Black Teacher Praises Red Lobster Creator for Standing Up to Jim Crow

The late founder of Red Lobster was a businessman who refused to obey Jim Crow laws, achieving success and a special place in history among Black Americans.

That was the lesson provided by Black history teacher Ernest Crim III as part of his TikTok series, "Crim's Black History Field Trips." The Red Lobster edition was number 17 in the series and has garnered over 1.6 million views.

Red Lobster
A sign in front of a Red Lobster restaurant in San Bruno, California. The chain was started by Bill Darden, who was praised in a recent TikTok video. Justin Sullivan/Getty

Crim stuck his head through his car window to reveal he is in the parking lot of a Red Lobster, which he says is "known for them cheddar baked biscuits and...red lobster."

But the restaurant should be known for its founder, Bill Darden, Crim argued.

Born in 1919, Darden opened his first restaurant, the Green Frog, in 1938 in Georgia amid the Great Depression. At the same time, racial segregation was widely occurring due to Jim Crow laws in the South from the end of Reconstruction to the mid-20th century.

"The Green Frog was opened in a state that enforced Jim Crow laws," Crim says in the TikTok. "But Bill refused to comply. He allowed his Black and white customers to sit where they wanted. So technically, as an outspoken public ally, he risked being lynched. But he survived and his business was profitable and lucrative."

In 1968, Darden, who used his profits from the Green Frog to invest in Florida-based chain restaurants and Howard Johnson properties, eventually opened the first Red Lobster restaurant in Lakeland, Florida. Rare reported that the location "was so popular that one month later he had to open another one to keep up with the demand."

Darden opened four more locations before General Mills got interested and offered to purchase the brand. Upon the buyout, it made Darden a company executive, leading to the opening of now-famous restaurant chains like Olive Garden.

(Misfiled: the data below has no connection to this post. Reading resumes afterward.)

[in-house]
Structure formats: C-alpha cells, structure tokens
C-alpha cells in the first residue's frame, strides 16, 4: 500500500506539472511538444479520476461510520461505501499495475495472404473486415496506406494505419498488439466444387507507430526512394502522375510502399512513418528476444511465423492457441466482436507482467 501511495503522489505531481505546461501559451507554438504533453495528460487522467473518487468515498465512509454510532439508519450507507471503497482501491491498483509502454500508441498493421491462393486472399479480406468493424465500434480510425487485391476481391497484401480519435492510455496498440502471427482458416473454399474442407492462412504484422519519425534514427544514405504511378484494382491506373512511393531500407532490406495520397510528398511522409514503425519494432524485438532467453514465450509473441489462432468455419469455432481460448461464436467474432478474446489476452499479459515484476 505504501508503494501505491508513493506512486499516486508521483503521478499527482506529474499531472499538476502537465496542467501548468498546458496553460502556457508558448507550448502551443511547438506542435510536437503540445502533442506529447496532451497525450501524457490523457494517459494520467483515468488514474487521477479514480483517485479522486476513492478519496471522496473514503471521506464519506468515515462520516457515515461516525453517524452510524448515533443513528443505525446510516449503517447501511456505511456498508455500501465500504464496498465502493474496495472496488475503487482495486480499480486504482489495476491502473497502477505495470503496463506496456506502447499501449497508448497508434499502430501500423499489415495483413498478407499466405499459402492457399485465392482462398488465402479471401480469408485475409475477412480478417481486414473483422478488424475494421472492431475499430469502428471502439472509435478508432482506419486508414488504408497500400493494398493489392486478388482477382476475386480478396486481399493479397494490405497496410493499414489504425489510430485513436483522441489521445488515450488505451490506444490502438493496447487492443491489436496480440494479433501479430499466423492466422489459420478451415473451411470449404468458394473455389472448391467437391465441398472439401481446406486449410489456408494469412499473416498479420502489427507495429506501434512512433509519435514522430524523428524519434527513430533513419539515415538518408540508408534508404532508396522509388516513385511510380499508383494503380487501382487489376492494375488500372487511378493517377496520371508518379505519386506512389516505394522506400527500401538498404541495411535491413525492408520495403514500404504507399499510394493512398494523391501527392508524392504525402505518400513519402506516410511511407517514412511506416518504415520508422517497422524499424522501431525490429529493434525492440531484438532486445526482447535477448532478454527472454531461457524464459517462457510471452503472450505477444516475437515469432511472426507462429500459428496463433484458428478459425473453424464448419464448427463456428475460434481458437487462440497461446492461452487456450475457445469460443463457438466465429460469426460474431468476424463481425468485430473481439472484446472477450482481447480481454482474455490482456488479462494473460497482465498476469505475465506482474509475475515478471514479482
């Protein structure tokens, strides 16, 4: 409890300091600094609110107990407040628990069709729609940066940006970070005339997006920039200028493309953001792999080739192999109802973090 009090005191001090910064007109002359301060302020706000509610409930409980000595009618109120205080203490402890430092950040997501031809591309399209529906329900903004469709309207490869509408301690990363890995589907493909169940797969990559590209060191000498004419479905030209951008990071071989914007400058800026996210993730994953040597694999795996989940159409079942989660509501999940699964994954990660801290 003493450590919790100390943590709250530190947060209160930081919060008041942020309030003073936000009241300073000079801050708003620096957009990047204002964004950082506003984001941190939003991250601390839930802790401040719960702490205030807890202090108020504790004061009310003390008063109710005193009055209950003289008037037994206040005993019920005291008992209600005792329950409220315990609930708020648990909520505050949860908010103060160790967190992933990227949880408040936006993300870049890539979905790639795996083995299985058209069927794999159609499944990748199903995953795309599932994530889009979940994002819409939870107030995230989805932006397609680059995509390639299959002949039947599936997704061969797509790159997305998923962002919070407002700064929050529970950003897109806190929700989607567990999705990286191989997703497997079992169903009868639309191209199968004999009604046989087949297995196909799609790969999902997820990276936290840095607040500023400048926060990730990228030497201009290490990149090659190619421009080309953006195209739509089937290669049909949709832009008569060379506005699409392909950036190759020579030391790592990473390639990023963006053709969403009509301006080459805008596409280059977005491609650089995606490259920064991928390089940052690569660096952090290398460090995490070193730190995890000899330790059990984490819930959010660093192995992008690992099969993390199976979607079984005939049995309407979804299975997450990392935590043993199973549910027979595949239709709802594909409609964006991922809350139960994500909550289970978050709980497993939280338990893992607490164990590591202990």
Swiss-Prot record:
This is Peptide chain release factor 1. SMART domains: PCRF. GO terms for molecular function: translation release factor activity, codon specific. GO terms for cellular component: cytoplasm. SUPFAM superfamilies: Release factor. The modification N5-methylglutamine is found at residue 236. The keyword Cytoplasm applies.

Darden Restaurants, Inc. is currently headquartered in Orlando, Florida, and owns and operates numerous restaurant chains, including Eddie V's, The Capital Grille, Olive Garden Italian Restaurant, LongHorn Steakhouse, Bahama Breeze, Seasons 52, Yard House and Cheddar's Scratch Kitchen.

The restaurant group lost ownership of Red Lobster in July 2014. Darden died in 1994 at age 75.

"Wow. You can stand up for what's right and still be successful," Crim says at the end of the clip.

Comments on the TikTok video from African Americans express appreciation for the video and Darden, including some saying they are glad to know the history because they grew up with the restaurant.

"all those people who say 'it was a different time ppl didn't know better'--they knew better," one person said.

"I'm never trash talking red lobster or Olive Garden again," another commented.

Some used Darden's story from nearly 80 years ago as a commentary for today's world.

"Say that last part a little louder for all those companies that won't stand against racism," one commenter said.

"Love this vid at the end that statement let's not forget tho there was a many white brothers and sisters who died doing the right thing," another remarked.

Other videos in Crim's Black history TikTok series have explored ties between Rosa Parks and Little Caesars, Denny's and Jim Crow laws, and segregated cemeteries in Texas.